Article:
No Talking Please

24 May

There’s something odd about using the words “library” and “exposé” in the same sentence.  Libraries are by definition, quiet and often unassuming places.  Yet, the New York Public Library has found themselves in a bit of a pickle.  It seems that librarians have been given hush money.  No, seriously.  Librarians willing to leave their employee (during budget cuts of the past few years) were given severance if they signed a “no disparagement” agreement.  Forgetting for a moment that we are talking about a prestigious (and massive) institution dedicated to free access to information, wouldn’t you love to make people sign a no disparagement agreement?

Ex-partners, former friends, colleagues, family members, that stranger in the hotel bar?  They could all be forced to say only lovely things about you forever more.  We would become so adept at the no disparagement clause that we wouldn’t even need paperwork anymore, just a knowing look.  Picture cutting off someone in line or stealing his/her parking spot.  You’d simply glance at them and communicate; “When you talk about this, and you will, be kind.”

But back to paying off employees to keep their mouths shut.  There are scenarios when in fact this practice makes all the sense in the world.  You wouldn’t want people leaving certain government offices and blabbing.  It wouldn’t be sporting to leave an industry dependent upon patents and then go squeal.  The same is probably true in industries of money, such as investment banking.  Mum needs to be the word for the sake of fair-ish competition.  But when institutions of intellectual pursuit or information communication have hush clauses, well that might just be a horse of a different color.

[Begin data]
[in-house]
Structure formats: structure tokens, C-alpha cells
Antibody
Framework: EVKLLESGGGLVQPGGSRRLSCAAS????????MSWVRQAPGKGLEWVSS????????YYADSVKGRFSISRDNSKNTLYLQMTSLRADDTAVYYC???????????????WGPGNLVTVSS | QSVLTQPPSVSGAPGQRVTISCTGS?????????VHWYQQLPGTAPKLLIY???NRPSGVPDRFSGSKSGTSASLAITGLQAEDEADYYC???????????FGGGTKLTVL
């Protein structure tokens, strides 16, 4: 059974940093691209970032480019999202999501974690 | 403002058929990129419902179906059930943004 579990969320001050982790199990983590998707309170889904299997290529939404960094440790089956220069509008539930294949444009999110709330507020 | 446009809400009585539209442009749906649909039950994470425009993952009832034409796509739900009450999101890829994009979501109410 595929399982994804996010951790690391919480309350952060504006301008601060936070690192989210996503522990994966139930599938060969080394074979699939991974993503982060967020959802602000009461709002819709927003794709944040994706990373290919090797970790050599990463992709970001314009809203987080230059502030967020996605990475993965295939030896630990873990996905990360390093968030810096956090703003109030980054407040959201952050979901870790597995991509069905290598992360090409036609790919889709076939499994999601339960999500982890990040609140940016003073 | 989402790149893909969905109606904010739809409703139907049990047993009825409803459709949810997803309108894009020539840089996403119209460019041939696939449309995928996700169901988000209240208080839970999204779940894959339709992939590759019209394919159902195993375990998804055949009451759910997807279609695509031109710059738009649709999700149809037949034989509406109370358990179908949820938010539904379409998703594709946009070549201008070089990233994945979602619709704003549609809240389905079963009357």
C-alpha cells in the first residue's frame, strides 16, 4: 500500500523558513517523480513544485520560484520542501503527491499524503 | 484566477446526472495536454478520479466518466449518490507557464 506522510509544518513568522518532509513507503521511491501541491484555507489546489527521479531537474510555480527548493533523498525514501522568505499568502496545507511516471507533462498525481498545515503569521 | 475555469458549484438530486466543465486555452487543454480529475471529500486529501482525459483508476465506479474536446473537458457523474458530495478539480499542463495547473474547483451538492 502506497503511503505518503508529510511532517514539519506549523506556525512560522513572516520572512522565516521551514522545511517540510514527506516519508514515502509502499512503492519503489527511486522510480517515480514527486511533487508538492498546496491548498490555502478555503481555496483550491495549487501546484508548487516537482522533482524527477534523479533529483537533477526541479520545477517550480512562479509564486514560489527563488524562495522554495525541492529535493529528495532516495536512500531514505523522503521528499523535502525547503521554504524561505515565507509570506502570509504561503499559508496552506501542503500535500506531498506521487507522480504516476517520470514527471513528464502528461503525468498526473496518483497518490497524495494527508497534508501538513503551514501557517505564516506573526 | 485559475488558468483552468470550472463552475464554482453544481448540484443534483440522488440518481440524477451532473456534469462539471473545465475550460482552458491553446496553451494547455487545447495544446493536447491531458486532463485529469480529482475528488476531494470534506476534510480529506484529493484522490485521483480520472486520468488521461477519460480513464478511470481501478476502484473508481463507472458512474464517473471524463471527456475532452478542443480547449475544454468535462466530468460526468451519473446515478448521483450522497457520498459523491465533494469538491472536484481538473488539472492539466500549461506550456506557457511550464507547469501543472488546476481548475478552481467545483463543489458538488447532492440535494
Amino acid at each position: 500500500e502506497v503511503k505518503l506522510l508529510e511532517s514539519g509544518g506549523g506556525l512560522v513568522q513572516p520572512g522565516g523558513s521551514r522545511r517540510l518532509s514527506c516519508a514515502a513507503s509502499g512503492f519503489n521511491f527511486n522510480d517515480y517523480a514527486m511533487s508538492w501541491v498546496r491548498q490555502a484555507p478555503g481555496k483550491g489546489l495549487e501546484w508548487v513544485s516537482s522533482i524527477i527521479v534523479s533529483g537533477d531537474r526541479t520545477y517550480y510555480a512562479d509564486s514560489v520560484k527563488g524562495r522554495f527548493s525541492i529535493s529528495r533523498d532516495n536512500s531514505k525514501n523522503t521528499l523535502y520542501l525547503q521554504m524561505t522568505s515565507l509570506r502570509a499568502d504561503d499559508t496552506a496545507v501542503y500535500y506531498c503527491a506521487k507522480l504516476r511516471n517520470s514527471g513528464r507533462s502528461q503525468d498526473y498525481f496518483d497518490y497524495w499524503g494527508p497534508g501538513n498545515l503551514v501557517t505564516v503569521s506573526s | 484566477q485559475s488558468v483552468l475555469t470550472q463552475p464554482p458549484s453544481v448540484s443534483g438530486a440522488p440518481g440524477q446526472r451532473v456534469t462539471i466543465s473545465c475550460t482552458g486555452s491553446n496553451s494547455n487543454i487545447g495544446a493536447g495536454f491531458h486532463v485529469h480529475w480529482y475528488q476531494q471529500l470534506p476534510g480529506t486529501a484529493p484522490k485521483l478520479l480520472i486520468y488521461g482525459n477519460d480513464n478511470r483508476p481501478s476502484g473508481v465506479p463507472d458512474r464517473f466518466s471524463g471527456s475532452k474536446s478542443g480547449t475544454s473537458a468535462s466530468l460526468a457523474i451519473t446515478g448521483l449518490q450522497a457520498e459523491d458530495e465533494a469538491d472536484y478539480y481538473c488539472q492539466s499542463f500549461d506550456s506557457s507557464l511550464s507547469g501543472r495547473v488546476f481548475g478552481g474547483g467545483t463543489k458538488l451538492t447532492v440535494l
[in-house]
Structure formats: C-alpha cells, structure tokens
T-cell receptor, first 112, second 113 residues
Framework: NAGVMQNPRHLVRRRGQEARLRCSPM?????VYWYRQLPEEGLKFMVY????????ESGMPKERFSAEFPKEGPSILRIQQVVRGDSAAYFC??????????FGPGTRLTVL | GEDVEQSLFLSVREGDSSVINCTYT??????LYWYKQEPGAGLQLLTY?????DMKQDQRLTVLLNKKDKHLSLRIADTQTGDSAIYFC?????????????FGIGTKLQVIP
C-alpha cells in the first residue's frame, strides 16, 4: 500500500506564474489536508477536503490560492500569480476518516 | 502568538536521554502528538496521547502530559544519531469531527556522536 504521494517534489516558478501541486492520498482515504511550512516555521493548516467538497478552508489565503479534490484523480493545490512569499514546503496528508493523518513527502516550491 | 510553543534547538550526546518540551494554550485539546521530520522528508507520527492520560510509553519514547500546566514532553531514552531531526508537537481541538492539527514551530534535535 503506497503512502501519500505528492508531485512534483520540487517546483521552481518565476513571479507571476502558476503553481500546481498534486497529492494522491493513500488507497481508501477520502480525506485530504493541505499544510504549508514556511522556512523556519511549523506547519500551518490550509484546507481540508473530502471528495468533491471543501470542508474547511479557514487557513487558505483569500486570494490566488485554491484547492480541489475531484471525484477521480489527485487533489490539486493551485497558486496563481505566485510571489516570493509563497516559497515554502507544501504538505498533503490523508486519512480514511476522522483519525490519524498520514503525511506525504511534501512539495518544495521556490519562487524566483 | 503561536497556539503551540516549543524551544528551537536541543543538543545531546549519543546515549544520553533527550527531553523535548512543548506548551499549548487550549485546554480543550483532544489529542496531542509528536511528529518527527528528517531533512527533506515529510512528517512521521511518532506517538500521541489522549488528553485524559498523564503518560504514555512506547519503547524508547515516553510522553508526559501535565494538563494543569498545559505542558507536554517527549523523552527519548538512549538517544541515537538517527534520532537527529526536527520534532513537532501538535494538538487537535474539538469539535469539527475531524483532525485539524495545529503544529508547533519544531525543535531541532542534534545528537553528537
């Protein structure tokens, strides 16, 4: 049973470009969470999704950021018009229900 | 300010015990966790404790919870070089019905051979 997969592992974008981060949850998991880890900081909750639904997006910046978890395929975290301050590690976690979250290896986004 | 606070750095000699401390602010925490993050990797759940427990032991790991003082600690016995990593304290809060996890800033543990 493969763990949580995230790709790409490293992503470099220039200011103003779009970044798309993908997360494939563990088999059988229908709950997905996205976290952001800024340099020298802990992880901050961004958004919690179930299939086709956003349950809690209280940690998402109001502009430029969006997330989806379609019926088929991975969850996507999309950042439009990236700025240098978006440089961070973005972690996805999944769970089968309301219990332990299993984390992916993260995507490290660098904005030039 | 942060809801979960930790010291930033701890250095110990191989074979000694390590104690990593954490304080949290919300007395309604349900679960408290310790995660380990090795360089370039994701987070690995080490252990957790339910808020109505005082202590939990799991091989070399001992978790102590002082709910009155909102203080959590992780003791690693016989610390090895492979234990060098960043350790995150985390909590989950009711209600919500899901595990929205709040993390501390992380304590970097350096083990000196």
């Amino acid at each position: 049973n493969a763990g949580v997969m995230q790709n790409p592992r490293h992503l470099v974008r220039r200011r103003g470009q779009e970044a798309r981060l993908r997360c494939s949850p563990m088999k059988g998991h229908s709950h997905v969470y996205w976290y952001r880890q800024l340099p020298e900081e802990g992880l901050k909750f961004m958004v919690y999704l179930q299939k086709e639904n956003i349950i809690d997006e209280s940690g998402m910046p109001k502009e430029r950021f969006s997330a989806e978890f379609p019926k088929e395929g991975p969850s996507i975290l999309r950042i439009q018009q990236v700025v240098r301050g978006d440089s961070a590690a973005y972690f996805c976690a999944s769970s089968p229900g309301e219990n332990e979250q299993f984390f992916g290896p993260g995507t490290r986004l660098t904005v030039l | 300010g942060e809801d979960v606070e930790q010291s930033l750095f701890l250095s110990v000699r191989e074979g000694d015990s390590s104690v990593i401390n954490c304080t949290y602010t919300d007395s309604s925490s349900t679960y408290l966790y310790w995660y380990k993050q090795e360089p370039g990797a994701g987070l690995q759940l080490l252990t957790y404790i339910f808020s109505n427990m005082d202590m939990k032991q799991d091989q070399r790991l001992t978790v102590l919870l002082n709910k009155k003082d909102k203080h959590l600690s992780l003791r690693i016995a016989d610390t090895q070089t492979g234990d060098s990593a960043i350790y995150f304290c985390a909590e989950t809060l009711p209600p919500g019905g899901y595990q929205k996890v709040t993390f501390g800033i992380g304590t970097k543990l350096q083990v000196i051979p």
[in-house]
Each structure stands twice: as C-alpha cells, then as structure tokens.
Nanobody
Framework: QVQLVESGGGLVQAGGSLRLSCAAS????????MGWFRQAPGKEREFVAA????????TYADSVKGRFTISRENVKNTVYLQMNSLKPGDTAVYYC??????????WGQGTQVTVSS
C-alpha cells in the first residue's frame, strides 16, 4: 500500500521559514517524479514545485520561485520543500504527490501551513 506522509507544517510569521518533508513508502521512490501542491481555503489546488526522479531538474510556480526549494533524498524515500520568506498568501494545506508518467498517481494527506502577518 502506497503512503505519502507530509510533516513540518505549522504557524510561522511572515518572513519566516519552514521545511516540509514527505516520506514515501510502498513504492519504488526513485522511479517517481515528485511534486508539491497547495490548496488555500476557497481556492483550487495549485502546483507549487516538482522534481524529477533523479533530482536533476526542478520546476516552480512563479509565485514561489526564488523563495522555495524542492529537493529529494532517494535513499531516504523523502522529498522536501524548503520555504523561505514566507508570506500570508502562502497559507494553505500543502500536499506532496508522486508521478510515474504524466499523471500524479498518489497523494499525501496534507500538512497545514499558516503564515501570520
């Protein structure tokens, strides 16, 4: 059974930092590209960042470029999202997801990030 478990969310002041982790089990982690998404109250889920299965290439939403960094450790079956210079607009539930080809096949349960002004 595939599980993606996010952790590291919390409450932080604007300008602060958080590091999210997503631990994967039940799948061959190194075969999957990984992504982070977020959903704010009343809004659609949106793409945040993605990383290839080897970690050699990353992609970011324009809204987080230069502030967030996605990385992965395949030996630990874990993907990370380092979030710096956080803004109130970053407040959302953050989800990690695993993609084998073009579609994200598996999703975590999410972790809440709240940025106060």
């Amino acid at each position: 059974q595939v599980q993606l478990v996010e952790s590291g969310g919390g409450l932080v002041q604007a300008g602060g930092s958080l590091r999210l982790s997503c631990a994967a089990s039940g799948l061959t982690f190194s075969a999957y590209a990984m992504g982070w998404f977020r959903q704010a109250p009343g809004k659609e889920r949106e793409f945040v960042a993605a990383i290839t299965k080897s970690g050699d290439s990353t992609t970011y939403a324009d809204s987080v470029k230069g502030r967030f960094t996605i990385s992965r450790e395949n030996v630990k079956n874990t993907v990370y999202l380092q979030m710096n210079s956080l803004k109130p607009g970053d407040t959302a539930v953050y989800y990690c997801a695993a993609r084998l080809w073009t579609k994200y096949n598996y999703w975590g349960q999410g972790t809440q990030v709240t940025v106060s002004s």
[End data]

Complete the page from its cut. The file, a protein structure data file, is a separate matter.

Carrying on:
The N.Y. Public Library has no competitor of which I’m aware.  Nor does the New York Times (which also uses hush clauses, but not for journalists.)  It seems likely that the motivation to hush former employees is that you are leery of what they may say about the institution.  NYPL is embarking on a renovation that has rankled some (they are transforming the landmark 42nd street research library into a circulation library; a rather dramatic turn of events.)  Hushing former employees in the midst of what could be a contentious business decision speaks to a certain whiff of insecurity.  At the very least, it’s not a wise public relations move.

There are no institutions, really, just people who work in them and make decisions on their behalf.  There are boards, there are patrons, but there is no great wizard.  Regular old mortals make decisions that collectively add up to the policy and mission of an institution.  Outsiders often, understandably, assume that cultural, education or other institutions of thinkology, are populated by the greatest minds our nation has to offer.  Those smarties are there.  They are.  But many times they are not the ones making the majority of the operational and administrative decisions.  Administrators are doing that.  Some of these people are very talented, some are very credentialed, some are even both, and some are neither.

This is not to suggest that anyone at the NYPL is less than stellar.  Not at all.  It is only to remind us that our nation’s greatest academies are only as good as we are.  Innovation is key to the sustainability of some of these institutions.  Leaders must be visionaries and smart, ethical and strong managers must surround them.  A charismatic leader must have people in their inner circle who will tell him/her when he/she is not wearing any clothes.  Hushing librarians (librarians!!!!) in the midst of a contentious building project is the ultimate naked man in the room.

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Posted by on May 24, 2012 in Cultural Critique


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